the waveguide constrains the light of the virtual image through total internal reflection along a curved path for the light between the projector and the combiner;
the processor is configured by the projector control instructions to generate a control signal to establish the injection angle of the projector;
the combiner is transparent at wavelengths other than wavelengths of the light of the virtual image provided by the projector; and
the combiner redirects the wavelengths of the light of the virtual image provided by the projector.

15. The electronic device of claim 14, wherein the waveguide comprises a wedge waveguide section, the wedge waveguide section being tapered to emit the light after a number of reflections within the wedge waveguide section in accordance with the injection angle.

16. The electronic device of claim 15, wherein the combiner comprises a grating disposed along the wedge waveguide section.

17. The electronic device of claim 14, wherein the combiner comprises a set of volume holograms embedded in the waveguide in a section of the waveguide, each volume hologram of the set of volume holograms being configured to extract the light from the waveguide in accordance with the injection angle and redirect the extracted light in a predetermined direction established via recording of the volume hologram.

18. The electronic device of claim 14, further comprising a peripheral vision system, the peripheral vision system comprising:

a backlight unit configured to generate converging rays of light;
a liquid crystal display (LCD) panel illuminated by the converging rays; and
a polarizer disposed between the LCD panel and the viewer to filter an output of the LCD panel;
wherein the processor is configured to control the backlight unit in accordance with the position of the pupil to converge the rays of light at the pupil, and to control the LCD panel to provide peripheral vision imagery and to establish a non-illuminated region of the LCD panel through which the light emitted from the waveguide passes to reach a fovea of the viewer.

19. An eyeglass display device comprising:

an eyeglass temple;
an eyeglass frame coupled to the eyeglass temple;
a projector disposed on the eyeglass temple and configured to provide light of a virtual image;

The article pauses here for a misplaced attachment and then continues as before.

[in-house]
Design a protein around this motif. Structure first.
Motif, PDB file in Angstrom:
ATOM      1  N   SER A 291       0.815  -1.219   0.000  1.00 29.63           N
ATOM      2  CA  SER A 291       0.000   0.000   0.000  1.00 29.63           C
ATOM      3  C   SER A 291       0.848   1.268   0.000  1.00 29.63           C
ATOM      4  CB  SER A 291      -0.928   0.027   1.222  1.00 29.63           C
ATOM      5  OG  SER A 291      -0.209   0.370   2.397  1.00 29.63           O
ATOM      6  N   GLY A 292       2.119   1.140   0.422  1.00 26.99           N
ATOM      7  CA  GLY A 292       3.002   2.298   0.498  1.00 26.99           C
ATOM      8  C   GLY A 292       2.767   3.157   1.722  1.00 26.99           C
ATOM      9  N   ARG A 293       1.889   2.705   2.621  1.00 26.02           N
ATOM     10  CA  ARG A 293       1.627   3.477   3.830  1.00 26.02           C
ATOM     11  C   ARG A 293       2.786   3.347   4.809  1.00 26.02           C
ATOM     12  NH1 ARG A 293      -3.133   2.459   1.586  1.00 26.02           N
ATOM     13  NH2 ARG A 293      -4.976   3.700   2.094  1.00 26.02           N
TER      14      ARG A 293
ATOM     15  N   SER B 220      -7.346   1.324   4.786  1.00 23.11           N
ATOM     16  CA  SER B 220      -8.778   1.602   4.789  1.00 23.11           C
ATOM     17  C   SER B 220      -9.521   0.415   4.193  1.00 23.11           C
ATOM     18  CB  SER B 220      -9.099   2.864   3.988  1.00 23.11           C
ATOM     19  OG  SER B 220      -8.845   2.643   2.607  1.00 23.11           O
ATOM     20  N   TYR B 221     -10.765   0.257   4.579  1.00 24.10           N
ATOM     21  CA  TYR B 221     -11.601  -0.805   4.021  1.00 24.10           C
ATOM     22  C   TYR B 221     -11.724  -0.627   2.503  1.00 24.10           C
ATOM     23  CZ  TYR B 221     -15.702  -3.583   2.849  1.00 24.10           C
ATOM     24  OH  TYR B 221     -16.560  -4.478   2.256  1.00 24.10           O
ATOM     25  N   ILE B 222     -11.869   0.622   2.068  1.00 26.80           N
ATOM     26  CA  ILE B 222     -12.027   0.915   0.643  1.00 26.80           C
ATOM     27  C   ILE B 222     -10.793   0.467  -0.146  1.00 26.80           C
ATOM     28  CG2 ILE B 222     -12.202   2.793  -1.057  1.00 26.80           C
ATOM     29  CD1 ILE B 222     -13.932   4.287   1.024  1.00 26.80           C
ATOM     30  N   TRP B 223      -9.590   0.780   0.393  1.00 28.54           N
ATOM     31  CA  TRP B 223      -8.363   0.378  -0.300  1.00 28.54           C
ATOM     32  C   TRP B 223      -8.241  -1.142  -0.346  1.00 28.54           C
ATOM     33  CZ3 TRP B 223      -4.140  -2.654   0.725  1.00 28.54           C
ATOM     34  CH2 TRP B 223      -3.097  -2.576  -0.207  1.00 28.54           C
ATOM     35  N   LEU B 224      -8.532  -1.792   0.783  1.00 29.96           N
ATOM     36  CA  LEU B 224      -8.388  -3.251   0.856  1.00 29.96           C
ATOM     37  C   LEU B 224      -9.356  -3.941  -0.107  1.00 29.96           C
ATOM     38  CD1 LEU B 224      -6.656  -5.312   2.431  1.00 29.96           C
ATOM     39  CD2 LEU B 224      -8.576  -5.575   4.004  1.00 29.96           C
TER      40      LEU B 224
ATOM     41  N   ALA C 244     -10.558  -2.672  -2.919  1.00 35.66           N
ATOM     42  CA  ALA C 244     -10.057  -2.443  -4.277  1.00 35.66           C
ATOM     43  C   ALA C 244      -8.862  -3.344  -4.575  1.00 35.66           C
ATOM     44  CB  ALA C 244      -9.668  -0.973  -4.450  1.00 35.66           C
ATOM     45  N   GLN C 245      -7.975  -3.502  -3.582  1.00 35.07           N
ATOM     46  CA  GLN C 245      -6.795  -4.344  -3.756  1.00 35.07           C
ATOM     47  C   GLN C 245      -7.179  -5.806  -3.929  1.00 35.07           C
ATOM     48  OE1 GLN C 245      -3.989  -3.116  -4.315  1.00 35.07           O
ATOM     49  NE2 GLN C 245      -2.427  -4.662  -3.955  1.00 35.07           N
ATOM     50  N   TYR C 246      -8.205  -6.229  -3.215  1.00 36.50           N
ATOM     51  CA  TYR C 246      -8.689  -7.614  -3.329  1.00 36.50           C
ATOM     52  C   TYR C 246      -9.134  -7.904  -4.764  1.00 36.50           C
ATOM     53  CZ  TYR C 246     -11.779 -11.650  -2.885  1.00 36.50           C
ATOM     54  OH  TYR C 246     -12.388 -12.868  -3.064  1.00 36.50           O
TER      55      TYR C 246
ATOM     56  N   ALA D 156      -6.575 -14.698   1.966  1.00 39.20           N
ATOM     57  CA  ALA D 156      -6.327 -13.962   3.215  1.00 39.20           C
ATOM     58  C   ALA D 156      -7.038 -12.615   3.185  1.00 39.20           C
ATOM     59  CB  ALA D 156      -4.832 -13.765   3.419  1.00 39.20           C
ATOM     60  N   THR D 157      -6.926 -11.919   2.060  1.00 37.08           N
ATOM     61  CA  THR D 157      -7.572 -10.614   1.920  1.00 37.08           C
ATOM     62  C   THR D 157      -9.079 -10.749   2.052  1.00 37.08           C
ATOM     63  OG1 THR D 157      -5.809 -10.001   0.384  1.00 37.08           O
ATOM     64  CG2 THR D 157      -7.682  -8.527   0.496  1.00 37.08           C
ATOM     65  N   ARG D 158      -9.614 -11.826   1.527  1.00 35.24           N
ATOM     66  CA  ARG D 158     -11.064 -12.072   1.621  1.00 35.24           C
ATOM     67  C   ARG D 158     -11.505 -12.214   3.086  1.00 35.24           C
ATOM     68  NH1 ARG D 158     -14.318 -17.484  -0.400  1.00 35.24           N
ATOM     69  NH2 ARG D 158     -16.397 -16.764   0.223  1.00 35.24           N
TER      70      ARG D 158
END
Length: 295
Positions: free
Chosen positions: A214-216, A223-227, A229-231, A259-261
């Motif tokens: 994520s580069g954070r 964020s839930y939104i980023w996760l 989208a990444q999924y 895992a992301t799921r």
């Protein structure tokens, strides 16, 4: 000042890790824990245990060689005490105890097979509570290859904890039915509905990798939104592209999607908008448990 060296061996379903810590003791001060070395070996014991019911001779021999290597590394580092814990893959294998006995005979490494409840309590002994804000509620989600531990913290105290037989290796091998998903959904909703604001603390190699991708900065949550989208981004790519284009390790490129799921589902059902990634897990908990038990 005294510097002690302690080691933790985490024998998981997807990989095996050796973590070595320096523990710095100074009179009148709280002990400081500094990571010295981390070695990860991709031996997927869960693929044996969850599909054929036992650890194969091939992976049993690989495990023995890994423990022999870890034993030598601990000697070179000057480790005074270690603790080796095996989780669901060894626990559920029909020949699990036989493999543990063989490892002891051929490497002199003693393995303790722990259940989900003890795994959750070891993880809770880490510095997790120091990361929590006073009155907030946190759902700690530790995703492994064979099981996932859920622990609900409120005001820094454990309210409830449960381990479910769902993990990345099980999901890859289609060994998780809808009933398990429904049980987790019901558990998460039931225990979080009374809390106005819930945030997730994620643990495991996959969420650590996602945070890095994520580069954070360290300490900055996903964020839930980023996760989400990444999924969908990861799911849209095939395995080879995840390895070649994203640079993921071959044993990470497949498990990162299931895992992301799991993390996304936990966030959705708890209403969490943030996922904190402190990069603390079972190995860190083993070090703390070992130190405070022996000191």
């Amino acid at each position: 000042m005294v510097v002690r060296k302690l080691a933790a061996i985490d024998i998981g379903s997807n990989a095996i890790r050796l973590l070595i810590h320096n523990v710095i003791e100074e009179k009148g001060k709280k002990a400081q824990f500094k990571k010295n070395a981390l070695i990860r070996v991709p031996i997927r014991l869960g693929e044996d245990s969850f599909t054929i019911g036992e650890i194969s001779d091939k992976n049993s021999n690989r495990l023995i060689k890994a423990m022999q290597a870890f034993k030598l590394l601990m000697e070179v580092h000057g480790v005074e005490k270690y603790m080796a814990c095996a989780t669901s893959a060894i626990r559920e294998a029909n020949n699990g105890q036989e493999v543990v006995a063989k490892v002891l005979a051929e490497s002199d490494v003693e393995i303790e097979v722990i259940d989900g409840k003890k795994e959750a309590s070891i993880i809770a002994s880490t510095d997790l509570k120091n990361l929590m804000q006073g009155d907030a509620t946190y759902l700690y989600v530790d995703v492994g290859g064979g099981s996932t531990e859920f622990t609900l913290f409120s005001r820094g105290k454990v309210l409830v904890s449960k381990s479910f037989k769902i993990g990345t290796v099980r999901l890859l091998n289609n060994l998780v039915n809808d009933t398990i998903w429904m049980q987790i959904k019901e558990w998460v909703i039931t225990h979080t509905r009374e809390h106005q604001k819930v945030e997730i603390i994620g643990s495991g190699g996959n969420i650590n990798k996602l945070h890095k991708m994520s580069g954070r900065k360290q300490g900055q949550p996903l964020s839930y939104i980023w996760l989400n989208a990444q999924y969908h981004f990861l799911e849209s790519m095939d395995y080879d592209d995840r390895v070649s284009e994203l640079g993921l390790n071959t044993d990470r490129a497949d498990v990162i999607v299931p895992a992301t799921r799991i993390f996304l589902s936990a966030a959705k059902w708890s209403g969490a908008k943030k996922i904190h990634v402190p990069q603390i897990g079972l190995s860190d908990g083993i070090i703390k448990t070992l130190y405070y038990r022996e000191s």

a waveguide into which the light of the virtual image is injected at an injection angle by the projector, the waveguide comprising a first section extending from the projector and along the eyeglass temple, a second section disposed at the eyeglass frame, and a third section disposed between the first and second sections and defining a curved path; and
a combiner disposed at the eyeglass frame along the second section of the waveguide, the combiner being configured to redirect the light of the virtual image, and being further configured to allow ambient light from beyond the waveguide to pass through the combiner;
wherein:
the waveguide constrains the light of the virtual image through total internal reflection along a curved path for the light between the projector and the combiner;
the combiner is transparent at wavelengths other than wavelengths of the light of the virtual image provided by the projector; and
the combiner redirects the wavelengths of the light of the virtual image provided by the projector.

20. The eyeglass display device of claim 19, wherein the second section of the waveguide being tapered to emit the light after a number of reflections within the wedge waveguide section in accordance with the injection angle.

21. The eyeglass display device of claim 19, wherein the combiner comprises a set of volume holograms embedded in the waveguide in a section of the waveguide, each volume hologram of the set of volume holograms being configured to extract the light from the waveguide in accordance with the injection angle and redirect the extracted light in a predetermined direction established via recording of the volume hologram.

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Patent History

Patent number: 9759919
Type: Grant
Filed: Jan 5, 2015
Date of Patent: Sep 12, 2017
Patent Publication Number: 20160195720
Assignee: Microsoft Technology Licensing, LLC (Redmond, WA)
Inventors: Adrian Travis (Paris), Joel S. Kollin (Seattle, WA), Andreas Georgiou (Cambridge)
Primary Examiner: Joseph Haley
Assistant Examiner: Emily Frank
Application Number: 14/589,513

Classifications

Current U.S. Class: Operator Body-mounted Heads-up Display (e.g., Helmet Mounted Display) (345/8)
International Classification: G02B 27/01 (20060101); G02B 26/08 (20060101); G02B 27/00 (20060101); G02B 5/18 (20060101); G02C 9/00 (20060101); G03B 21/10 (20060101); G03H 1/02 (20060101); G06F 1/16 (20060101); G06F 3/01 (20060101); H04N 7/18 (20060101);